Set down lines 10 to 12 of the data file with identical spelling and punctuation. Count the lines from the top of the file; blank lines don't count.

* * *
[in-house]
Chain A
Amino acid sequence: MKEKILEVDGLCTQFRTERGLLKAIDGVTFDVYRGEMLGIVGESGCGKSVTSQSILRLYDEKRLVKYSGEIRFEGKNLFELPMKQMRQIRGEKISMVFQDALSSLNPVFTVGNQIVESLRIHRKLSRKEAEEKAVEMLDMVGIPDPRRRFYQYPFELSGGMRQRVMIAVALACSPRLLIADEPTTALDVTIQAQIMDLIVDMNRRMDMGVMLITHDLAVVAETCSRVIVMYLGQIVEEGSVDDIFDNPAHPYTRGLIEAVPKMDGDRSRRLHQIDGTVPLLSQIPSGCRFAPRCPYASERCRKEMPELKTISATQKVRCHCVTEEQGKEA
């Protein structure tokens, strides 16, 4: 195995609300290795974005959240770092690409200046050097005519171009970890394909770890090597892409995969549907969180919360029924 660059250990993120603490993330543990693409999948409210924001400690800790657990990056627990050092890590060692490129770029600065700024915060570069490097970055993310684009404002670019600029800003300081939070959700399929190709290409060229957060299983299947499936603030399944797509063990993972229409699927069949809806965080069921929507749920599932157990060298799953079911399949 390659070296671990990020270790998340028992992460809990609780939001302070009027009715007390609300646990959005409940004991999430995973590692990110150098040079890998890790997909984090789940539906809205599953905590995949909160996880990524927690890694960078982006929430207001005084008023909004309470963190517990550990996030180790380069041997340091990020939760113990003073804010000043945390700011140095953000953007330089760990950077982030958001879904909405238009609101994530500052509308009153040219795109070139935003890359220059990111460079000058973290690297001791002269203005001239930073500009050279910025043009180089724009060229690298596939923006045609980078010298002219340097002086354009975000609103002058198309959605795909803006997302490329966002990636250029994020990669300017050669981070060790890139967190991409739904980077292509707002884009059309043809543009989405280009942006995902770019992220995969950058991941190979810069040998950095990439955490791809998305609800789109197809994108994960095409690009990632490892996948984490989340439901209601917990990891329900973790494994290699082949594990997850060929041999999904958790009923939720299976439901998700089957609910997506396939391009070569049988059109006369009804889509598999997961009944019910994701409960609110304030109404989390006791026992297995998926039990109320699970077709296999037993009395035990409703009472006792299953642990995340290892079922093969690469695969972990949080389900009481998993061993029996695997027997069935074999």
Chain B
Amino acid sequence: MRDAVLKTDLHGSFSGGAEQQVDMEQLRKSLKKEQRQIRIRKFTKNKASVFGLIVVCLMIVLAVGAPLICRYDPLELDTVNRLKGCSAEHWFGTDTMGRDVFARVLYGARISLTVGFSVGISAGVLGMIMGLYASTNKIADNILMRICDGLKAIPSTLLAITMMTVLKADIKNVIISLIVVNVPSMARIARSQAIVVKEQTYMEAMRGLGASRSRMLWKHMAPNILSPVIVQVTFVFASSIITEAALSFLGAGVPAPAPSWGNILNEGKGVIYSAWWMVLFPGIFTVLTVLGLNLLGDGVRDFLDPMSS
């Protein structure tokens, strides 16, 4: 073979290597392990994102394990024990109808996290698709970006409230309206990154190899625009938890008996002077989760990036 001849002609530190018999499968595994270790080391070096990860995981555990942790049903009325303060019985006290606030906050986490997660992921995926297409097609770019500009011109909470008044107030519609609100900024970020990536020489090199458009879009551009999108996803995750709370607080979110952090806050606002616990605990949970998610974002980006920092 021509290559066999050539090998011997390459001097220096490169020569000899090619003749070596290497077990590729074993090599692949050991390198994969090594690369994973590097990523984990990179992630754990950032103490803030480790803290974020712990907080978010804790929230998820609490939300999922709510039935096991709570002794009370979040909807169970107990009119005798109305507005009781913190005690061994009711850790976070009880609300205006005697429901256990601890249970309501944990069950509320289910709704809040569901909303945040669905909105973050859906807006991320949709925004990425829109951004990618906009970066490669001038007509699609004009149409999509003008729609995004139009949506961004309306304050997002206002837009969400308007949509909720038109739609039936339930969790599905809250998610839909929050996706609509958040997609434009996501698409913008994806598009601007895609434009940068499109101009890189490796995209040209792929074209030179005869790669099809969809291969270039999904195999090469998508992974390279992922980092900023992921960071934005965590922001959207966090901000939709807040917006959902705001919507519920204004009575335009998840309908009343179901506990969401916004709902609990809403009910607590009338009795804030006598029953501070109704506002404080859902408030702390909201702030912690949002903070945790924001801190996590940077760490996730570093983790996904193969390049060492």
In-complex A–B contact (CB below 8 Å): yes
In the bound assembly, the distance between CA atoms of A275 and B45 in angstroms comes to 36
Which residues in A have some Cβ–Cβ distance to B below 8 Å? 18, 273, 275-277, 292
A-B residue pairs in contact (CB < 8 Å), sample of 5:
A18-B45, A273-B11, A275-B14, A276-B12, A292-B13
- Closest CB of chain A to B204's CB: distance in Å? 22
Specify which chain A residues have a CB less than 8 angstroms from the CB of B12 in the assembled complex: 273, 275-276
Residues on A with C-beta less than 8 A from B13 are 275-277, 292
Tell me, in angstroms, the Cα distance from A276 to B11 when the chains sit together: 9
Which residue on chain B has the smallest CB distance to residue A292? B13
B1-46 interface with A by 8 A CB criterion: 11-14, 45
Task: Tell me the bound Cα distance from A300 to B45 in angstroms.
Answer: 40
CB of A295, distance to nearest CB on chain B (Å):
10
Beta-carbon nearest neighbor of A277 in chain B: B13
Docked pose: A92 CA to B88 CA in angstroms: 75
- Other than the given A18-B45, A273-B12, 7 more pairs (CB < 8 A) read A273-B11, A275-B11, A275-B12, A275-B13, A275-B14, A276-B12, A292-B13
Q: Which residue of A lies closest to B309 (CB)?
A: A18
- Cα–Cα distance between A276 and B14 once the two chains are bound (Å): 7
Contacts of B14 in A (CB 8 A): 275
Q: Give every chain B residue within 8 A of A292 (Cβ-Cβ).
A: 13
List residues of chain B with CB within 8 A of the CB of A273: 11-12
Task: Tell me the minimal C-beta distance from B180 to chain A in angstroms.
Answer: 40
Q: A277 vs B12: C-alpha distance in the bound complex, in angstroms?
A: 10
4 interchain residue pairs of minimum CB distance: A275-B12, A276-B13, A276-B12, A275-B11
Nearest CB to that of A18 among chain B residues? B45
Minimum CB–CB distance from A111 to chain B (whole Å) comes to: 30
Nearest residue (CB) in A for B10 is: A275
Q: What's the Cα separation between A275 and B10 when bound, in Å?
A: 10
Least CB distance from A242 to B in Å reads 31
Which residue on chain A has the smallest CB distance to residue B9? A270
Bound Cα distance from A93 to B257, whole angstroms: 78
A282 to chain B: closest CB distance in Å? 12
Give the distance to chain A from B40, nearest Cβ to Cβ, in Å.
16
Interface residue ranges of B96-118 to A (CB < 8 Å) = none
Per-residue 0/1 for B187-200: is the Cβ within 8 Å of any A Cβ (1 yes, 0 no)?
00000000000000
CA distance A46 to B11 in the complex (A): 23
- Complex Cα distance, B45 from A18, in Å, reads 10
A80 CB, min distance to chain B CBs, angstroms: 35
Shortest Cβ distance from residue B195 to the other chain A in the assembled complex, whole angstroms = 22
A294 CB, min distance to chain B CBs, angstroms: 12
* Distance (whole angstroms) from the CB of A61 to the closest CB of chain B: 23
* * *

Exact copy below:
Which residues in A have some Cβ–Cβ distance to B below 8 Å? 18, 273, 275-277, 292
A-B residue pairs in contact (CB < 8 Å), sample of 5:
A18-B45, A273-B11, A275-B14, A276-B12, A292-B13